ABC offers 'GMA' host role to George Stephanopoulos

Stephanopoulos wants a role that emphasizes his serious side.
Stephanopoulos wants a role that emphasizes his serious side. (Peter Kramer - AP)
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By Howard Kurtz
Washington Post Staff Writer
Friday, December 4, 2009

ABC has offered George Stephanopoulos the coveted job of co-hosting "Good Morning America" and intensive negotiations are underway, according to sources familiar with the situation.

The network's chief Washington correspondent has not yet accepted the job, and the talks involve not just the level of multimillion-dollar compensation, but also the details of his duties if he replaces Diane Sawyer. Stephanopoulos was in New York this week, and Anne Sweeney, president of the Disney-ABC Television Group, was there for an affiliates board meeting. Sweeney met with ABC News President David Westin, who made his final pitch for Stephanopoulos.

The network has already turned its attention to who will replace the other contender, Chris Cuomo, as the "GMA" news anchor if Stephanopoulos, as expected, accepts the offer. Executives have staged taped sessions with three female staffers -- Kate Snow, JuJu Chang and Bianna Golodryga -- who have substituted in that role to see how they interact with the co-hosts.

As the discussions have dragged on for weeks, Stephanopoulos has pushed for a role reshaped to spotlight his interest in politics and hard news rather than feature segments. The sources, who declined to be identified discussing internal personnel matters, cautioned that the negotiations are complicated and the two sides might fail to reach agreement.

"We've made our timetable clear from the start, that this would be a four-month process," ABC spokesman Jeffrey Schneider said Thursday. "We're still in that process, and we'll make an announcement as soon as we can."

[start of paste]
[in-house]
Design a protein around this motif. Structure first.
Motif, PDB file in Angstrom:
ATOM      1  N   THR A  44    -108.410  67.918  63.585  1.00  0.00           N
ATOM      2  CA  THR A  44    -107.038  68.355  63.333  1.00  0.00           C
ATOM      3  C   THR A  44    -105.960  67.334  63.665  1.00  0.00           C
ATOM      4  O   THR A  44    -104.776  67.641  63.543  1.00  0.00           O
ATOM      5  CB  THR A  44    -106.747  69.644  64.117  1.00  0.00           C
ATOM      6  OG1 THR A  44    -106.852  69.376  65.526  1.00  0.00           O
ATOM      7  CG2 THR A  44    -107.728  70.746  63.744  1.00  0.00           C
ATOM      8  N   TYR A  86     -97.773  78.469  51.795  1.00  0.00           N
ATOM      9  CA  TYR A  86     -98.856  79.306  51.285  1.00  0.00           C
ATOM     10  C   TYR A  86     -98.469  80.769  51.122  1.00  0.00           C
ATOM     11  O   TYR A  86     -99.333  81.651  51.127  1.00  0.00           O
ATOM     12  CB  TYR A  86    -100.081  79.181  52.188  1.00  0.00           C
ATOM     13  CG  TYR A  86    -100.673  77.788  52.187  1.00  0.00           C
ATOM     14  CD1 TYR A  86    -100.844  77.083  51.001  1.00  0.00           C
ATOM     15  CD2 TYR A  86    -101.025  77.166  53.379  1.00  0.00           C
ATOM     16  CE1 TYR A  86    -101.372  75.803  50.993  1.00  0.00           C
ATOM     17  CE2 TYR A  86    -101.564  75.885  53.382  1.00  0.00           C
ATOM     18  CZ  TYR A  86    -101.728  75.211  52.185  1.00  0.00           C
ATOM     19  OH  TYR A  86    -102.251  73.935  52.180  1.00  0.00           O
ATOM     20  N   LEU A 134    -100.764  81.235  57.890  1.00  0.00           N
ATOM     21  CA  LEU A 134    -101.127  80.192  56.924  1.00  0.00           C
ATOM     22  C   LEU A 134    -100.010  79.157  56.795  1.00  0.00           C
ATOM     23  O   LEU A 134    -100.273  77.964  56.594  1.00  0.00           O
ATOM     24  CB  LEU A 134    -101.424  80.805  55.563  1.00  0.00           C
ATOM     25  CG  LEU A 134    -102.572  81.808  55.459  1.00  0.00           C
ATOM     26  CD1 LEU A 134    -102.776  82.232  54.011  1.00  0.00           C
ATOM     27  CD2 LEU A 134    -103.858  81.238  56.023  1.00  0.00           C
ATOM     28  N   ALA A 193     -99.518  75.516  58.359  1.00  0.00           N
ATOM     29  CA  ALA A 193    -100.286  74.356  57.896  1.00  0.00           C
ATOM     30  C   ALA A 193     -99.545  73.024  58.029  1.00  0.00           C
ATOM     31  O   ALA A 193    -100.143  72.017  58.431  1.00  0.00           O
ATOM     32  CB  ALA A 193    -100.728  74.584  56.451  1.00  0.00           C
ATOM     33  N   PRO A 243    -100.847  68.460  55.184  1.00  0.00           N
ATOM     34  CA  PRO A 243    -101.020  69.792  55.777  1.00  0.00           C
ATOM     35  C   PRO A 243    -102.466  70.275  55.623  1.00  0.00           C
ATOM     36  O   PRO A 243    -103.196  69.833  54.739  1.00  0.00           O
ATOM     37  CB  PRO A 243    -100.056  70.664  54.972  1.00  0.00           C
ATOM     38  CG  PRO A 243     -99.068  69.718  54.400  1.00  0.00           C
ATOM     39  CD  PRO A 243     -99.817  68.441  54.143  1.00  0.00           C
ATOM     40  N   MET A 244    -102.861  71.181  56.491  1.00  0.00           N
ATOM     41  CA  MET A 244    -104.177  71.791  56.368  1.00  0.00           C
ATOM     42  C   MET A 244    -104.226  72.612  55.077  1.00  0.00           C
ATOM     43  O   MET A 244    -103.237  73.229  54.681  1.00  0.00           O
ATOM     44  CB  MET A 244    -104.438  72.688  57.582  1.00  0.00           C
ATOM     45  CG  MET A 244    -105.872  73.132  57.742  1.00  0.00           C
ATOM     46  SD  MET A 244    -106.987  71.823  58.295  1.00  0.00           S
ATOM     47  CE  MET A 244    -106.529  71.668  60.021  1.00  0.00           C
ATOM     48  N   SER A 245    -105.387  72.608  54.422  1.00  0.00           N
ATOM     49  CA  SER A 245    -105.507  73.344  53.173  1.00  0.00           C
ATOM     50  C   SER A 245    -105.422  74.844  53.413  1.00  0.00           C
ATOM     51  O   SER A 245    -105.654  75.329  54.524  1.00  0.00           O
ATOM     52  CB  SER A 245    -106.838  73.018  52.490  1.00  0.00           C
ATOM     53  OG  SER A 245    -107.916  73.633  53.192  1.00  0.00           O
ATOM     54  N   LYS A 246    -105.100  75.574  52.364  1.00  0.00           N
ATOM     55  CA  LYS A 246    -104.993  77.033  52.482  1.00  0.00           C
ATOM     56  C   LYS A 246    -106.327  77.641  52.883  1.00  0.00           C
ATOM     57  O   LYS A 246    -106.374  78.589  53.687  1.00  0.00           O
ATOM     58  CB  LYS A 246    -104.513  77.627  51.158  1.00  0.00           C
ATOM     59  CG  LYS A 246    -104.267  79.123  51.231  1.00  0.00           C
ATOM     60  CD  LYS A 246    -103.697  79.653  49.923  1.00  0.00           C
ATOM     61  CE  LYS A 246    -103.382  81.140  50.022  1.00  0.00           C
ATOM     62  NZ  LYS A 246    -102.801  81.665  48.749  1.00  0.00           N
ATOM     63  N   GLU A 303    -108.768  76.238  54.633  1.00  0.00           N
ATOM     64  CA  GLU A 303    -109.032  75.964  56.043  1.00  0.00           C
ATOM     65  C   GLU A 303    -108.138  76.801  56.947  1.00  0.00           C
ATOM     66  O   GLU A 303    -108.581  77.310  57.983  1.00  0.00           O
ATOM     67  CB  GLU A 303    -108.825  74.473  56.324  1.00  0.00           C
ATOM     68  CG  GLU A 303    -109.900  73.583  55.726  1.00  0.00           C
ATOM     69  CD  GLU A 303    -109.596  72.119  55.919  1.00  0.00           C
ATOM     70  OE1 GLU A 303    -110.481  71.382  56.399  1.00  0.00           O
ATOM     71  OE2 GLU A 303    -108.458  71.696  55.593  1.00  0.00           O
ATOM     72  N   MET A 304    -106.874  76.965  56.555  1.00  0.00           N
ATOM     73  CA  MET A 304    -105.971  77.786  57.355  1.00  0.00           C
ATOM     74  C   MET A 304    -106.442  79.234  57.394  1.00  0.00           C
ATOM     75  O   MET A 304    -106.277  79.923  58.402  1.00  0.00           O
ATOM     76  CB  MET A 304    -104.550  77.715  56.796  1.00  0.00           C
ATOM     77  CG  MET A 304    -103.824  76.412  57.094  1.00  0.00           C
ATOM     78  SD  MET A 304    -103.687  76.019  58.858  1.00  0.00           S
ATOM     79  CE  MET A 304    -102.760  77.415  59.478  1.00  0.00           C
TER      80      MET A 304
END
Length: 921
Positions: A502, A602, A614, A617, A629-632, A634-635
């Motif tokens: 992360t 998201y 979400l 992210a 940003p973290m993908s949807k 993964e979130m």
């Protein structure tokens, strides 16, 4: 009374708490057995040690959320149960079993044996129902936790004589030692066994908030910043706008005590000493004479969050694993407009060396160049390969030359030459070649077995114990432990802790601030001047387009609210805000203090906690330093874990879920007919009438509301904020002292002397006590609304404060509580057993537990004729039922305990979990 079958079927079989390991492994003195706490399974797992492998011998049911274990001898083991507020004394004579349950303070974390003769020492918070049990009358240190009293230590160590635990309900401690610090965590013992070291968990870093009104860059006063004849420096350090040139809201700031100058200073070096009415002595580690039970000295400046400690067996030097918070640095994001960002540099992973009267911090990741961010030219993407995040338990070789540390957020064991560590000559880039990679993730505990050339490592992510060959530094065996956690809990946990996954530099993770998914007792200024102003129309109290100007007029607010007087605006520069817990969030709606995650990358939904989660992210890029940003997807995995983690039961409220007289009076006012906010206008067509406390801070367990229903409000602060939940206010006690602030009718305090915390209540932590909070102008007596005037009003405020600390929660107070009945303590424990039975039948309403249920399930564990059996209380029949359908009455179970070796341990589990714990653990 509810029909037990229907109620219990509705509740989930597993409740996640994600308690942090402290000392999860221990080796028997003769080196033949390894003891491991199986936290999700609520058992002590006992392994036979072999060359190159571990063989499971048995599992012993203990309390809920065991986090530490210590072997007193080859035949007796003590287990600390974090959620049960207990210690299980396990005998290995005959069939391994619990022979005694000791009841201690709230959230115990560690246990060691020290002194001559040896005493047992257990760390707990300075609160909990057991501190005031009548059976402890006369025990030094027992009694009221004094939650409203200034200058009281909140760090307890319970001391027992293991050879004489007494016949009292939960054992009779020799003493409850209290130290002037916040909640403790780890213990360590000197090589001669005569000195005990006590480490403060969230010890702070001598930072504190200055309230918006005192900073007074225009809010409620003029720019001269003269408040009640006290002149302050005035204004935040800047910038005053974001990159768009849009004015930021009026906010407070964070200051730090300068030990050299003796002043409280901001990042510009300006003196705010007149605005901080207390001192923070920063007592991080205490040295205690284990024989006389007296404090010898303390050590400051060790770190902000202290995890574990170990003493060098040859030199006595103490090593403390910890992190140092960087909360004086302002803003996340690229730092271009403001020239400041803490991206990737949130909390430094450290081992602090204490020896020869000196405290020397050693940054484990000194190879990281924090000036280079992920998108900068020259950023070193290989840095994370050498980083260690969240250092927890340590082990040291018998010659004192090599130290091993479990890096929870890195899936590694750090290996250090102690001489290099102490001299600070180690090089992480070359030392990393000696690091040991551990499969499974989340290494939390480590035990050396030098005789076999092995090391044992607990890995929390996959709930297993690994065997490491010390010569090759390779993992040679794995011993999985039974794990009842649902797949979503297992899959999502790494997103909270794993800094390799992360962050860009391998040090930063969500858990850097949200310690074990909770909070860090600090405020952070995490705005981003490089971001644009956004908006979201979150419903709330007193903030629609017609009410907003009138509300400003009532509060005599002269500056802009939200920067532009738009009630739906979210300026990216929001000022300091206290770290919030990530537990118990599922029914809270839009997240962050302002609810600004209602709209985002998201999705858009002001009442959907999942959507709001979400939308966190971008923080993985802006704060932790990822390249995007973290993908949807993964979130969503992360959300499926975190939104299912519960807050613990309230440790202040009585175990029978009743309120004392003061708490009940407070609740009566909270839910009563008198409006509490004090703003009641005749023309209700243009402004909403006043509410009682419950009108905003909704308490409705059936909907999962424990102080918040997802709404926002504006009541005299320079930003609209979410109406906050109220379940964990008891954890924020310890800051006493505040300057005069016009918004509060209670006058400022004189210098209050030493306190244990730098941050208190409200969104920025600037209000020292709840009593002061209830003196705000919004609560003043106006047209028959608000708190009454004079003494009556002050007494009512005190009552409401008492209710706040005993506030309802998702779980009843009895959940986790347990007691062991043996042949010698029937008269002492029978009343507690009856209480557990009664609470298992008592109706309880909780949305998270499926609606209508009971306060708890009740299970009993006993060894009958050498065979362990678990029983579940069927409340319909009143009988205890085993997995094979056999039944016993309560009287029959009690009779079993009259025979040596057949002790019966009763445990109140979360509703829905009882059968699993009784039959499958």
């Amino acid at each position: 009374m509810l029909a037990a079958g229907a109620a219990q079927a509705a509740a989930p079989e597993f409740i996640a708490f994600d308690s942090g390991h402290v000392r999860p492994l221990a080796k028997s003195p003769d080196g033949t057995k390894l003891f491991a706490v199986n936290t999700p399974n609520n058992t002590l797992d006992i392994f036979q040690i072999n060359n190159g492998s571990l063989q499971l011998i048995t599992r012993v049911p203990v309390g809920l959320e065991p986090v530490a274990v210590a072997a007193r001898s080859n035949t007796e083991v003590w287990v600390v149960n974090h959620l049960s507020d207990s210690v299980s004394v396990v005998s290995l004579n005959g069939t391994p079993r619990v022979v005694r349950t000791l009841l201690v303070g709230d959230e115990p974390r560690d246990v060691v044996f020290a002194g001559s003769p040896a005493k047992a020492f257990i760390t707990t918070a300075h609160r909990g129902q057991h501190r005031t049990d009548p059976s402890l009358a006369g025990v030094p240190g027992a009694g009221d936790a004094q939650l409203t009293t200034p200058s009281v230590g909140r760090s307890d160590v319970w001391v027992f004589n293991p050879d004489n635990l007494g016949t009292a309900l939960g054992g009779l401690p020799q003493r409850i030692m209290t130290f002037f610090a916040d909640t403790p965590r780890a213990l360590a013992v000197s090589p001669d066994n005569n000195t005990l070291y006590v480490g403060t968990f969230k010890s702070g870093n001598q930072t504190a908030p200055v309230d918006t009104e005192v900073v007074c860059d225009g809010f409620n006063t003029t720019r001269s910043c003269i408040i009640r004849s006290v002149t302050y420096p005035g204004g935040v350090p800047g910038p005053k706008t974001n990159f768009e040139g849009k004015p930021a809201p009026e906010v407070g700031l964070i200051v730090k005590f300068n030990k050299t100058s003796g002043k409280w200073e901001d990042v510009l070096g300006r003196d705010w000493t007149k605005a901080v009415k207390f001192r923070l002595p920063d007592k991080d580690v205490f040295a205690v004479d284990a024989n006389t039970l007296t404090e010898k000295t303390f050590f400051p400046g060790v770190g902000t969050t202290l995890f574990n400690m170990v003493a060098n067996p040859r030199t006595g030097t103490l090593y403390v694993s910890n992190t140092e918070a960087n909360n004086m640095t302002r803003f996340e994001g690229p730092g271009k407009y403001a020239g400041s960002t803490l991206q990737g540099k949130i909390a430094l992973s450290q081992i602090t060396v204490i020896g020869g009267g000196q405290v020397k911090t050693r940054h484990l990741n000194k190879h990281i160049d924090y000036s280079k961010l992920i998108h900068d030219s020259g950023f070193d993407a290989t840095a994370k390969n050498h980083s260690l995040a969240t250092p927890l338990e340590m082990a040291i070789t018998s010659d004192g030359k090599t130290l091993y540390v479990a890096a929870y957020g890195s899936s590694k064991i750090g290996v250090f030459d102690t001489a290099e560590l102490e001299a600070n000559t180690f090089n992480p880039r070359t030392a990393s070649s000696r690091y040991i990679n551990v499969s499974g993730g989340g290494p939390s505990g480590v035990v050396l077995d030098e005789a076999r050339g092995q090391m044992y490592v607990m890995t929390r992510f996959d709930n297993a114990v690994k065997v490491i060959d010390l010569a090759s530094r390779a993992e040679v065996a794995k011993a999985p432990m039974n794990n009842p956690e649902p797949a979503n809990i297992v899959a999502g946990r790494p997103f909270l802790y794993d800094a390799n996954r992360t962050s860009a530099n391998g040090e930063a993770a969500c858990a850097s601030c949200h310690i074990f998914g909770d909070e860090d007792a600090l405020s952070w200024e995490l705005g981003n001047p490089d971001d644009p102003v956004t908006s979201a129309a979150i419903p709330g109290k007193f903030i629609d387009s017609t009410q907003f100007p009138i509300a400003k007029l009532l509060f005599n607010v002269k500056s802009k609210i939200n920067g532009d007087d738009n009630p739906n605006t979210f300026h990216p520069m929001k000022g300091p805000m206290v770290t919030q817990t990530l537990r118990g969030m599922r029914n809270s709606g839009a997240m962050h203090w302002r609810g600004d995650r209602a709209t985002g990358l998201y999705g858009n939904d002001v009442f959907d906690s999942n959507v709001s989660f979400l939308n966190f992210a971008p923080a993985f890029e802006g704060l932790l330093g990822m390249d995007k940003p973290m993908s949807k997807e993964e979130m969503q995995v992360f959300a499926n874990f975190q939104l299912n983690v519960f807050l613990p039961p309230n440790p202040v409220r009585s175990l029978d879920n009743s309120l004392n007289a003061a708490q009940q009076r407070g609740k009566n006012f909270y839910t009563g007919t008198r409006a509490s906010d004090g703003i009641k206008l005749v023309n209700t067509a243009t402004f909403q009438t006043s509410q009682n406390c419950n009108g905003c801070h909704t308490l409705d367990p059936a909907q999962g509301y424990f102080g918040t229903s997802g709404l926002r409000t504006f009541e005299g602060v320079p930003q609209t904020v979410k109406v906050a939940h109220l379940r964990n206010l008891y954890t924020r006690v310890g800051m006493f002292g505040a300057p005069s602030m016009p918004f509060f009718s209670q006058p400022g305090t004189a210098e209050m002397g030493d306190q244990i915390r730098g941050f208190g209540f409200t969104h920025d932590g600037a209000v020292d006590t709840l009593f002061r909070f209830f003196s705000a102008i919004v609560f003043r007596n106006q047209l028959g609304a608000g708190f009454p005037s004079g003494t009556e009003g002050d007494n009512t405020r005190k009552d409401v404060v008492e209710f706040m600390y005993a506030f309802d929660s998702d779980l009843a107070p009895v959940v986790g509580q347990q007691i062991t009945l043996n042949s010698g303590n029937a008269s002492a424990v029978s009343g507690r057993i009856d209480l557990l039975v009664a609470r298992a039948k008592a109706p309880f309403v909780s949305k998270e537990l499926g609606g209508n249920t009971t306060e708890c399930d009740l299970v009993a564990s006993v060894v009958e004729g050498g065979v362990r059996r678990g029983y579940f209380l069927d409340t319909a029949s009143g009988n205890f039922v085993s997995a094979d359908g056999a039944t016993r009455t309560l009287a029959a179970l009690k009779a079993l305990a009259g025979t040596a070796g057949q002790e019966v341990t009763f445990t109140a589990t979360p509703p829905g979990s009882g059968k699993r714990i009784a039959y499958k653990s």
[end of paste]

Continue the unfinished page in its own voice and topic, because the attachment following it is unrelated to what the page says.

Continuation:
The onetime Clinton White House aide has also pressed to hang on to his current job as the host of Washington-based "This Week" for as long as possible, although ABC executives do not believe he can handle both programs over the long term. ABC has not yet turned to the question of who might succeed Stephanopoulos on the prestigious Sunday show.

The clock is ticking on the negotiations because Sawyer is slated to take over "World News" from Charlie Gibson, whose last day as anchor will be Dec. 18. Sawyer is expected to start the following Monday, Dec. 21, with little fanfare.

The reassignment of Stephanopoulos as Robin Roberts's partner on "GMA" would be a risk for both him and the network. In the 13 years since he left politics, Stephanopoulos has grown in stature as a Sunday host and ABC's go-to guy in Washington, and he recognized from the start that the lighter, fluffier part of morning-show life was not his strong suit. With Sawyer leaving a sizable void in the morning program, which perpetually trails NBC's "Today," bringing in a big-name star has obvious appeal to Westin.

But Stephanopoulos's likely promotion coincides with an effort by Westin's division to beef up the morning show's first hour with hard news, and to add more consumer information -- about health care and personal finance, for instance -- to the 8 a.m. hour, which often features cooking and fashion segments.

In a sign that ABC executives are looking toward a future with Stephanopoulos, they have been talking to Cuomo about new opportunities at the network. Cuomo, an alternative choice if the talks with Stephanopoulos break down, is being courted by other networks.

The job he is likely vacating can range from a straight headline reader to traveling field correspondent, as it was for Cuomo, who recently reported from Afghanistan. Some ABC insiders say the network will probably pick a woman who has children, given the sizable female audience. The choice could create a ripple effect, just as Stephanopoulos's move might eventually result in a vacancy at "This Week." Snow, for instance, now co-hosts the weekend edition of "GMA," while Golodryga is the weekday program's business correspondent.


© 2009 The Washington Post Company

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